I doubt there are many animals that drink milk from other species, but it seems that we have been doing so for a very long time. The word itself is certainly ancient.
If we go back to Middle English, we can find several different forms of the word. It was variously spelt milc, meolc, melc, melk and even the familiar milk. Not much change from that period up until the present day, it would seem.
There are still regions today where the vowel is pronounced more like /e/ than the standard /i:/ . Let’s take a look at an example from 1398. It has been taken from Trevisa’s translation from Latin into English of Bartholomaeus’s De Proprietatibus Rerum, or On the Properties of Things:
Ivy..multiplieþ melk in geet.
(Ivy increases milk in goats).
Here, it has been written as melk. This version of the word is closer to the Old English forms meoluc and meolc and occasionally meoloce. Let’s take a look at an example from Old English:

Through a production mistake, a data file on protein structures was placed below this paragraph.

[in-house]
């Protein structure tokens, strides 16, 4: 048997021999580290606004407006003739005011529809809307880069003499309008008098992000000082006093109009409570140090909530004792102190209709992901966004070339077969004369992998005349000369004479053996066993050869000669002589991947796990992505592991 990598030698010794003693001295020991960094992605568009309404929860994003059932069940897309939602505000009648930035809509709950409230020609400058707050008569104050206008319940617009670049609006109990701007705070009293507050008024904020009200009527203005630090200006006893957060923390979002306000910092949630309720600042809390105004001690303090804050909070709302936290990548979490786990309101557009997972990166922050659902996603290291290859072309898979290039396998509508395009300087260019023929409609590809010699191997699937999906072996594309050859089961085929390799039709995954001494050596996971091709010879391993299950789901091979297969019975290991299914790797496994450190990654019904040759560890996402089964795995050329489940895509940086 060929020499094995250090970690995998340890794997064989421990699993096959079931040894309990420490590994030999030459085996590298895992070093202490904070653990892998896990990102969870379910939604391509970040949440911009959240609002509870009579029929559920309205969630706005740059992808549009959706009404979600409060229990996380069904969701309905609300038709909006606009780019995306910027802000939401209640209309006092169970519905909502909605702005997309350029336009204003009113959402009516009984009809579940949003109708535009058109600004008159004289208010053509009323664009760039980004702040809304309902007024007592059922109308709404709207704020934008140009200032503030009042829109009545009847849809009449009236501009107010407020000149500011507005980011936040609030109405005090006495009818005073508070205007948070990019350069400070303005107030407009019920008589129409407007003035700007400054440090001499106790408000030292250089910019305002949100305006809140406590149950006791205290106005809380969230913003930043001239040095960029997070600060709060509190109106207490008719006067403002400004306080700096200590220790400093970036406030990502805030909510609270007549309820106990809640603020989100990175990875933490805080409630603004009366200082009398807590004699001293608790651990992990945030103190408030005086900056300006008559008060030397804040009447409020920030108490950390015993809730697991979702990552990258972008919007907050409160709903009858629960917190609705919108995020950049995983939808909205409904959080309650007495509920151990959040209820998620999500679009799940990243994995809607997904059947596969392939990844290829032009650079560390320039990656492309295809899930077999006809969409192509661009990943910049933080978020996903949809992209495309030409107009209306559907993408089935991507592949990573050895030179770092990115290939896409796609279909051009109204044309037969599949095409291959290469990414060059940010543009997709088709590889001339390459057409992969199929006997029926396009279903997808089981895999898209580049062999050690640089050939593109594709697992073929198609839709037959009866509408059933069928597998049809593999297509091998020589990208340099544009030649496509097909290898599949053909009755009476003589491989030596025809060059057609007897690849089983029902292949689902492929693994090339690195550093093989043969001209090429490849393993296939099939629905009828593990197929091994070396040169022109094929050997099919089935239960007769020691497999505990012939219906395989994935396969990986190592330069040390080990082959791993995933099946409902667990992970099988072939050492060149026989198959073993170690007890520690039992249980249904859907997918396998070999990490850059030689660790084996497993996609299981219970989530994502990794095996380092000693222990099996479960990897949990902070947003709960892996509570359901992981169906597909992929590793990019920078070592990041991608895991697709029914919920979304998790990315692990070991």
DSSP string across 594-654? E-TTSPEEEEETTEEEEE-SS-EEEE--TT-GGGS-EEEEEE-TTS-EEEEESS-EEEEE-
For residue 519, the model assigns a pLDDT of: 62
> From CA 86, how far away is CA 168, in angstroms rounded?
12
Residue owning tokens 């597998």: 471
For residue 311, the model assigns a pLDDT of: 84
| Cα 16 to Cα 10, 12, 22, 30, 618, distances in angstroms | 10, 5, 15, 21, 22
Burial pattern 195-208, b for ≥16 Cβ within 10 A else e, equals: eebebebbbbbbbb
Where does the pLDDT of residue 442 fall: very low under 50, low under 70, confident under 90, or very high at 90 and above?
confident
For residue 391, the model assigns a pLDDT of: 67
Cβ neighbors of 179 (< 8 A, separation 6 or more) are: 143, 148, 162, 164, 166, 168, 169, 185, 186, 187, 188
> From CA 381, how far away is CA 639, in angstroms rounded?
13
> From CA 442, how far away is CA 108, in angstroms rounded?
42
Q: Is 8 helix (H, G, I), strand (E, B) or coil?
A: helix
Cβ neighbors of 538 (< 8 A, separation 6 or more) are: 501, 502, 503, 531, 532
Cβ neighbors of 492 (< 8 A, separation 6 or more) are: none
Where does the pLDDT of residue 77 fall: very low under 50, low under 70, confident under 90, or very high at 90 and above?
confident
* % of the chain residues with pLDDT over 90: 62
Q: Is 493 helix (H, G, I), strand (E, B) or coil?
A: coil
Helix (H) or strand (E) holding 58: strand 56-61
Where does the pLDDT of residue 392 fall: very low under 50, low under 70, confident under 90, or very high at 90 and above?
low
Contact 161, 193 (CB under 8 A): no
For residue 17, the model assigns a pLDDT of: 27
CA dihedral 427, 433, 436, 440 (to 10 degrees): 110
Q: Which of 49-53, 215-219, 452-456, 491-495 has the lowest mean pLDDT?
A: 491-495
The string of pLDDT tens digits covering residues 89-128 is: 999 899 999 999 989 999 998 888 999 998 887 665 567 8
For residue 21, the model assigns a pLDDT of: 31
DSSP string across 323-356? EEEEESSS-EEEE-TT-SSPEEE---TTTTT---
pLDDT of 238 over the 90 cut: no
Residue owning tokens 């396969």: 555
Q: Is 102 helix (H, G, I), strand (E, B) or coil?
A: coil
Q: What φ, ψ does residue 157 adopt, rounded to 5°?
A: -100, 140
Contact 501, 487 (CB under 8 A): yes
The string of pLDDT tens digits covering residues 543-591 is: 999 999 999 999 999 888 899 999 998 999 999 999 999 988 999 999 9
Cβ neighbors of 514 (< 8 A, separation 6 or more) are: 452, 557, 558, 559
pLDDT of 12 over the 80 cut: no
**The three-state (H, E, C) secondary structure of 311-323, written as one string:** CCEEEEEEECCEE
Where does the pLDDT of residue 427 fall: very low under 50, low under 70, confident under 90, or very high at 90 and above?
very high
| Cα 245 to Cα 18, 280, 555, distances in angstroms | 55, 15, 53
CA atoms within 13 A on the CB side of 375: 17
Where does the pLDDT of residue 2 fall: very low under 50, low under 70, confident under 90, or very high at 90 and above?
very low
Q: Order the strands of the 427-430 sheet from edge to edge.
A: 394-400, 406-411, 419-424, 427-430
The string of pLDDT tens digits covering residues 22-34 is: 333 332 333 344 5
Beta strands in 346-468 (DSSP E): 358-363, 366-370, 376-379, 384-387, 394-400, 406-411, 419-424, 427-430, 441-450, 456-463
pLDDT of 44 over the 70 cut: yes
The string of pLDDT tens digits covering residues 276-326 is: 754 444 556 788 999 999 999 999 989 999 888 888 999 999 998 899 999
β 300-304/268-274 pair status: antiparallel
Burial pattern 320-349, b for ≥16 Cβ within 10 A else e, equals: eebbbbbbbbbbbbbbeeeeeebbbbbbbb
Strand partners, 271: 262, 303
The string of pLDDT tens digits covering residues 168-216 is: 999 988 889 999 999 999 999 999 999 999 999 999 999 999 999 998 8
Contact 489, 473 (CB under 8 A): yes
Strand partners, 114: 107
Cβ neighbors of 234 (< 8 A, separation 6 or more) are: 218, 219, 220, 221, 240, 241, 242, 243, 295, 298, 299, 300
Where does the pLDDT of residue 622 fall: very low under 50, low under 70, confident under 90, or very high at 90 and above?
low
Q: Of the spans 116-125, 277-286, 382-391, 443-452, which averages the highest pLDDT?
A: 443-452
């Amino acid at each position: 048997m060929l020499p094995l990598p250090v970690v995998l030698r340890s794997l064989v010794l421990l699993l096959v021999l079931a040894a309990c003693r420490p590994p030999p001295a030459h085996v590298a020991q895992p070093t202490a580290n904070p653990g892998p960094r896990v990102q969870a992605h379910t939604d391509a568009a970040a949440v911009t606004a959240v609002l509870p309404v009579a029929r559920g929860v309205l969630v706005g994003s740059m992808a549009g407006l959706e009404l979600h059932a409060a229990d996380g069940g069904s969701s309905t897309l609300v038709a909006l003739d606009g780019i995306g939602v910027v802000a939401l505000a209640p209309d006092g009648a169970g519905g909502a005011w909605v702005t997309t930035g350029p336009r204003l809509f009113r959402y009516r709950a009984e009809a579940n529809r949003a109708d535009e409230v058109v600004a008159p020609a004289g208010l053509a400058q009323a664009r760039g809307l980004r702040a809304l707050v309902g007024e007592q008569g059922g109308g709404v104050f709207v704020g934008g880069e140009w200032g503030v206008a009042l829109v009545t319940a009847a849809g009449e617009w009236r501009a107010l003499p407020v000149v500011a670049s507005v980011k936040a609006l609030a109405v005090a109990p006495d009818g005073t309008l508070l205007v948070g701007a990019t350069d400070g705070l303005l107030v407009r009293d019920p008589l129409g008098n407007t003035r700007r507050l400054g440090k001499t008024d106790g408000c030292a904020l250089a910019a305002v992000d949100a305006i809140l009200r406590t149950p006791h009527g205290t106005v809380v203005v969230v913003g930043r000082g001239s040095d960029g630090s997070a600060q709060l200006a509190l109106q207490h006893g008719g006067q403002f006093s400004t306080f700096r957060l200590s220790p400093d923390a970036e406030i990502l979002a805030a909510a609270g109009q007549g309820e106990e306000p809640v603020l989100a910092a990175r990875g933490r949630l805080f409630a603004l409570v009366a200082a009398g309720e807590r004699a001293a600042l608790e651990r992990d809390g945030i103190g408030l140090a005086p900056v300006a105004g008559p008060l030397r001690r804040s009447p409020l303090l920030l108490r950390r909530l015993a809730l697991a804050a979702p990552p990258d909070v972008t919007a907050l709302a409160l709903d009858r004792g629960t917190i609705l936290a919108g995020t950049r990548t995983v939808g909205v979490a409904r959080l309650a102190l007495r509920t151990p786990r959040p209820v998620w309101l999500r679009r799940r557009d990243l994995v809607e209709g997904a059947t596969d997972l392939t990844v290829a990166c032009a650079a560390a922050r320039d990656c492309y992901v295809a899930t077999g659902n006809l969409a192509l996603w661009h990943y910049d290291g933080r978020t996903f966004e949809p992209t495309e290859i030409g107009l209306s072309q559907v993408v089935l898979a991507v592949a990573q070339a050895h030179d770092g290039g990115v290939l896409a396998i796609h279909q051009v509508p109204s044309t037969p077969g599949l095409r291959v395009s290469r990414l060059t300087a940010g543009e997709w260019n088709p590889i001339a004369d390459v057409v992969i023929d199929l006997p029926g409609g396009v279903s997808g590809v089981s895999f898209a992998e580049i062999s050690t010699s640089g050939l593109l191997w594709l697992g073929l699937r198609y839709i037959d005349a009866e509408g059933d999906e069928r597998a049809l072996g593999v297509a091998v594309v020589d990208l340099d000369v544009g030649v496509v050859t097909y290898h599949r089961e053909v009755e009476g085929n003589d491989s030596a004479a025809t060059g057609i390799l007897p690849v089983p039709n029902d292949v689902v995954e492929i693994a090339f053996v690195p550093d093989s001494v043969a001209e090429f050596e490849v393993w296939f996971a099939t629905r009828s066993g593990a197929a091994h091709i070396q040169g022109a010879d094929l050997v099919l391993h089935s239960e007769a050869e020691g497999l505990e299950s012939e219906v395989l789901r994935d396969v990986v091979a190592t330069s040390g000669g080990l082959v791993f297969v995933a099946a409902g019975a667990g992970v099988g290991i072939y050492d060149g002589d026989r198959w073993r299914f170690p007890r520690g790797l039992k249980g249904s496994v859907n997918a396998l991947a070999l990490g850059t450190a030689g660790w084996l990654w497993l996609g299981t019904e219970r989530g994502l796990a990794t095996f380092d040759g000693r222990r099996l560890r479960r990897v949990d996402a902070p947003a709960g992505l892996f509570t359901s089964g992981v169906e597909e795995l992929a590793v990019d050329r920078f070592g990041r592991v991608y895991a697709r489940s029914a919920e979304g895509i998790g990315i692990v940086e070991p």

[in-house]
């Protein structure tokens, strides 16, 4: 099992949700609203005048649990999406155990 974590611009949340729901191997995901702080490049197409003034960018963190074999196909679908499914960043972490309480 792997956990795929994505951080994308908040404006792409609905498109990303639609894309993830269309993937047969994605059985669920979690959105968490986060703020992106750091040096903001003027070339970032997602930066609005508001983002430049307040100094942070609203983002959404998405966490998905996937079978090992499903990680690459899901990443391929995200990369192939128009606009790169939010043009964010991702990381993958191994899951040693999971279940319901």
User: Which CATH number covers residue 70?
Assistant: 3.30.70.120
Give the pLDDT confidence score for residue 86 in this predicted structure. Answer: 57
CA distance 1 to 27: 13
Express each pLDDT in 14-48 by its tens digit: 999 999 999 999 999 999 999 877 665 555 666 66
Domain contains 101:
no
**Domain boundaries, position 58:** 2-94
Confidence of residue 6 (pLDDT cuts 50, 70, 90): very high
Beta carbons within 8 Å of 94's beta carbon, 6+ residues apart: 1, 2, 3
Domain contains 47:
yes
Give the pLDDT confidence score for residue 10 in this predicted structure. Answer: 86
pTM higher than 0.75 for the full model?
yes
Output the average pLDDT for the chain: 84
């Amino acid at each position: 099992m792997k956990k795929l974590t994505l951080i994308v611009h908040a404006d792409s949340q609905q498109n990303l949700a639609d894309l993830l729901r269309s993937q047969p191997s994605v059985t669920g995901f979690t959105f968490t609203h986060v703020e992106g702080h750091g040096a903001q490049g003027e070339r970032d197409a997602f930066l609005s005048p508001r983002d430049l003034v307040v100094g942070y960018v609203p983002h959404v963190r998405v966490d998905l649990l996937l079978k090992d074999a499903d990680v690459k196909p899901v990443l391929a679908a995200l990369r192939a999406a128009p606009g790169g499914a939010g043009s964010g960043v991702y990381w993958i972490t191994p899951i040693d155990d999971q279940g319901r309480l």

Gáte geallan meng wið cú-meoluc
(Mingle goat’s gall with cow’s milk)
This is from Leechdoms, Wortcunning, and Starcraft of early England, a collection of writings published in the 1800s, dating back to the late ninth century. Another example, this time from 1072, is from the Old English text Codex Exoniensis (or Exeter Book):
Mid lytle meolc wætere gemengedre
(With a little milk mixed with water)
So you can see that the word has not changed a great deal since that time. But where did it come from? Well, it has a number of cognates in other Germanic languages, such as German Milch, Dutch and Norwegian melk, Danish mælk, Swedish mjölk (from Old Norse mjolk). These have helped to trace the word back to Proto-Germanic and *meluk, with the same meaning as today’s word.
We can take a further step back in time and trace *meluk to the Proto-Indo-European root *melg-, meaning ‘wipe, rub off, stroke’. This would have developed in sense through the hand motion needed when milking an animal. It has a modern cognate today in Greek; αρμέγω [armego], which means ‘to milk (an animal)’.
It is also cognate with Latin mulgere, which meant ‘to milk’, and this is an interesting connection, as ‘emulsion’ is derived from mulgere, via French into English. This means that milk and emulsion are distant cousins!